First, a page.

I purchased Tim Keller's new book, The Prodigal God, which is based upon what is normally referred to as the parable of the prodigal son. Keller uses the term "prodigal" as an adjective to describe God because the word means (1.) recklessly extravagant and (2.) having spent everything.
I am two-thirds through the book. Recently I made a statement to my wife that it had been far too long since I had heard a sermon or read anything that simply gripped my heart. I hear and read good stuff, but sense little if any anointing of the Holy Spirit or the Spirit's conviction.
Not so any longer. Yesterday as I read Keller's book, I found myself leaving my favorite coffee shop to find a place of privacy for meditation. For the first time in a long time, the tears were not tears of grief. They were tears of joy for what God was doing in my heart through this wonderful book.
I have read other blogs that comment on this book. The ones I have read seem to quote the same quote regarding the church. That isn't what captured me. I was captured by Keller's exposition of the elder brother. Too often, I have had similar attitudes. God is gracious to allow one to see himself/herself in the pages of Scripture.
The stocks continue to tank. The election of Obama has not halted the global slide. Pessimism and fear are prevailing attitudes.
I am reading through the "sin lists" of the New Testament. In Romans 1 the wrath of God is revealed against all the godlessness of human beings who suppress the truth by their unrighteousness. God has revealed himself and people suppress the truth by their wickedness. Three times in the remainder of the chapter it is said that "God gave them over to their sinful desires".
This chapter discusses sexual sin. But in the downward progression of wickedness that suppresses the truth of God, Romans 1:29-32 also includes envy, murder, strife, deceit, malice, gossips, slanders, God-haters, insolent, arrogant, boastful, inventing ways of doing evil, disobedience to parents, no understanding, no fidelity, no love, no mercy, and they continue to do all of these knowing God's righteous decree and even approve others who practice the same. These are discussed in the same context as sexual sin and perversion.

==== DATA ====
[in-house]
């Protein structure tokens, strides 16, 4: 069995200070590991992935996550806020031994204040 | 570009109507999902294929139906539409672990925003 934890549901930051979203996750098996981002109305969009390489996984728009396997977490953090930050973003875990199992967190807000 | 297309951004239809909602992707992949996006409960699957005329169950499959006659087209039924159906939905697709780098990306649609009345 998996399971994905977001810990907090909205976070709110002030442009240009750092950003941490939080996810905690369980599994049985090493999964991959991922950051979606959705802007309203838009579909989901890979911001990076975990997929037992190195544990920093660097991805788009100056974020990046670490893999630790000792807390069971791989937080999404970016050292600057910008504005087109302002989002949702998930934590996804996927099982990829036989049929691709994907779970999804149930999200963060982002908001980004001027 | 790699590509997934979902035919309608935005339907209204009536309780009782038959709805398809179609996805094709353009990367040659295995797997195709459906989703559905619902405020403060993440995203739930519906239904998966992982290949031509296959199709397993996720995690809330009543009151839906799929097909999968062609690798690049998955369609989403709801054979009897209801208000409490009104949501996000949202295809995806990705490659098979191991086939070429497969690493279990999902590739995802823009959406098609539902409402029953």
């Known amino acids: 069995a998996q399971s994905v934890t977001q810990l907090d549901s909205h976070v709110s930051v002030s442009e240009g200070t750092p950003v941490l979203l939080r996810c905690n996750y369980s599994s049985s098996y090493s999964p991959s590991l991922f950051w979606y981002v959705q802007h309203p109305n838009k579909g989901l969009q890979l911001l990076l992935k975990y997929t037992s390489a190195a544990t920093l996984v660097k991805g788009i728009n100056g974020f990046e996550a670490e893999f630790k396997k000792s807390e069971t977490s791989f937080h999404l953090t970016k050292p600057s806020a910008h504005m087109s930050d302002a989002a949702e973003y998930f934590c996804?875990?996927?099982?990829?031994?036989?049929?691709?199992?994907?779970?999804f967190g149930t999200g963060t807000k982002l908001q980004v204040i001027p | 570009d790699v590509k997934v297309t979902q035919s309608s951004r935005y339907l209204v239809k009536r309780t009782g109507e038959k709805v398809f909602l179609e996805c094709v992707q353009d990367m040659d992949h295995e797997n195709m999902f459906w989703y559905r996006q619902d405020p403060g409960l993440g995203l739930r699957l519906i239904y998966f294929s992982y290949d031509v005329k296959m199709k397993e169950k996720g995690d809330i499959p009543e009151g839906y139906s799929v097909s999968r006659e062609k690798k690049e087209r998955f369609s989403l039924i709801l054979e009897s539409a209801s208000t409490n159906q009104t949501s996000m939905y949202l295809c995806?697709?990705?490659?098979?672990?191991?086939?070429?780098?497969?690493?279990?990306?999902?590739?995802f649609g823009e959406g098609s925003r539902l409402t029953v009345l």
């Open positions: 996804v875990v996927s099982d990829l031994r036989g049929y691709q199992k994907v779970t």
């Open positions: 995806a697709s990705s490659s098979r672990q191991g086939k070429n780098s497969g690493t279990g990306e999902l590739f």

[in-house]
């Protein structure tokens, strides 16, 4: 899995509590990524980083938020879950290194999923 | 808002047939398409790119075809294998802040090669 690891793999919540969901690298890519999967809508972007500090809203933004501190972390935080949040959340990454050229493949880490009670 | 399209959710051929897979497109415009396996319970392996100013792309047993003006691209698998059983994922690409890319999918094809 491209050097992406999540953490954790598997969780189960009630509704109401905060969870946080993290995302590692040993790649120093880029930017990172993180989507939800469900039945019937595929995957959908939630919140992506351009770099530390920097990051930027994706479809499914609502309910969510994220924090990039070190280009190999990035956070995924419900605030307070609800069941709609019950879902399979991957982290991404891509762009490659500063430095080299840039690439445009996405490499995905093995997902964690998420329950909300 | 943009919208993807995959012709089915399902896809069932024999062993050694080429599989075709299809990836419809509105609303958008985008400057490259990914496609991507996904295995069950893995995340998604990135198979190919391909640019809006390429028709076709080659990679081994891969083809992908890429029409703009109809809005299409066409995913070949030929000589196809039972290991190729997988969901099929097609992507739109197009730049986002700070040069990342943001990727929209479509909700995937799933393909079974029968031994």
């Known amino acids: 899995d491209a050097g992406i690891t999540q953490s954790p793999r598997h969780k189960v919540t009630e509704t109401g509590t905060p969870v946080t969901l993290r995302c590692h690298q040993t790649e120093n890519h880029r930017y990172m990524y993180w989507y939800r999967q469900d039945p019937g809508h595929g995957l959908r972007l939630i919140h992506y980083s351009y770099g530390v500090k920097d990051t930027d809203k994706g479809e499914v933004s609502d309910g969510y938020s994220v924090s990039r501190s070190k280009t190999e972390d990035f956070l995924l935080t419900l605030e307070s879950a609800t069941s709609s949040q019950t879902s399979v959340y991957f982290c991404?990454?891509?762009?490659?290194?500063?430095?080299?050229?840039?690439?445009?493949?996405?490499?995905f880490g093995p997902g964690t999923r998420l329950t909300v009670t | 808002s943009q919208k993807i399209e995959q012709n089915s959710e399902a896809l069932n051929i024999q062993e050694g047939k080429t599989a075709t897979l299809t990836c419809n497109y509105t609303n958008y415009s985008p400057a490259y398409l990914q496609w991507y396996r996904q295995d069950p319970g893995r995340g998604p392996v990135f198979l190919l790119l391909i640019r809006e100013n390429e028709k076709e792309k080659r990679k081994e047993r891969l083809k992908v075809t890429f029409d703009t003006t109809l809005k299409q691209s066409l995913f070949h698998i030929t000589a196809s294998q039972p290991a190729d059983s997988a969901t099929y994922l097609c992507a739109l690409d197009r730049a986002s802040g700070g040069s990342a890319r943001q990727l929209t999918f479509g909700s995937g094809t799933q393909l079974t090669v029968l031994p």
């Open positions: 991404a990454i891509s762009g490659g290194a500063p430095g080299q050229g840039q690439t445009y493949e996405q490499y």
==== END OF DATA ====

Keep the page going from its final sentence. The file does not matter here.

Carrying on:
The saddest of all is that God Himself gives people over to their favorite brand of sin when they suppress His truth. Romans 2:1 tells us we have no excuse when we judge others because in so doing, we are condemning ourselves. Now that is sobering.
Keller points out that lostness can be the extreme of the younger son who demonstrated his rebellion against the Father through his own desire for self-discovery or that of the older son who demonstrated his rebellion against the Father through a moral conformity that tried to control the Father. Either way, neither of the sons knew the Father's heart.
The root sin in Romans 1 is the suppression of God's revelation (truth) of Himself which leads to exchanging his truth for a lie. When one does that, one begins to live a lie.
Dependence upon the creations of man will not allow one to thrive when others are trying to survive. I have no crystal ball. I do not know what the stock market will continue to do nor do I know what the next four years of an Obama presidency will bring. But I know this. So long as the people of God trust their own devices and creations, we suppress the truth of God in our unrighteousness and God will give us over to our own desires. And they will destroy the very things we built.
Do you have an elder brother spirit? Keller characterizes the spirit of the elder brother as (1.) being angry and bitter when life doesn't go as you want; (2.) one who has a strong sense of his own moral superiority; (3.) one who has a joyless, fear-based obedience; and (4.) a lack of assurance of the Father's love.
To fully grasp the Gospel of the Kingdom of God is to grasp the love and acceptance of God in Christ and to live one's life out of the perspective of grace. Paul gave a laundry list of sinners in 1 Cor. 6:9-10. He then says "And this what some of you were" (1 Cor. 6:11). These were people who knew they needed grace and they not only received His grace in Christ, but lived out of that relationship. Little wonder the Apostle almost blurted out (Gal. 6:14), "May I never boast except in the cross of our Lord Jesus Christ...".
God's grace and God's kingdom are more than reciting a prayer that gets you "in". In fact, if that is all one has done, that one may not even be "in". Far too often ministry is more about ourselves than God.
Are religious institutions created for God? Or are they created for ourselves?
I once heard Leighton Ford tell of meeting Mother Teresa. He observed her ministry among the diseased and dying in the poorest district of Calcutta, India. He asked her, "How do you do it?" Mother Teresa replied, "We do our work with Christ, for Christ, and to Christ."
When this becomes the heart motive of we who profess Christ, I believe we will experience one of the greatest spiritual awakenings in history.
P.S. added: Regarding the sins of Sodom and Gomorrah, Mart De Haan has an excellent post here.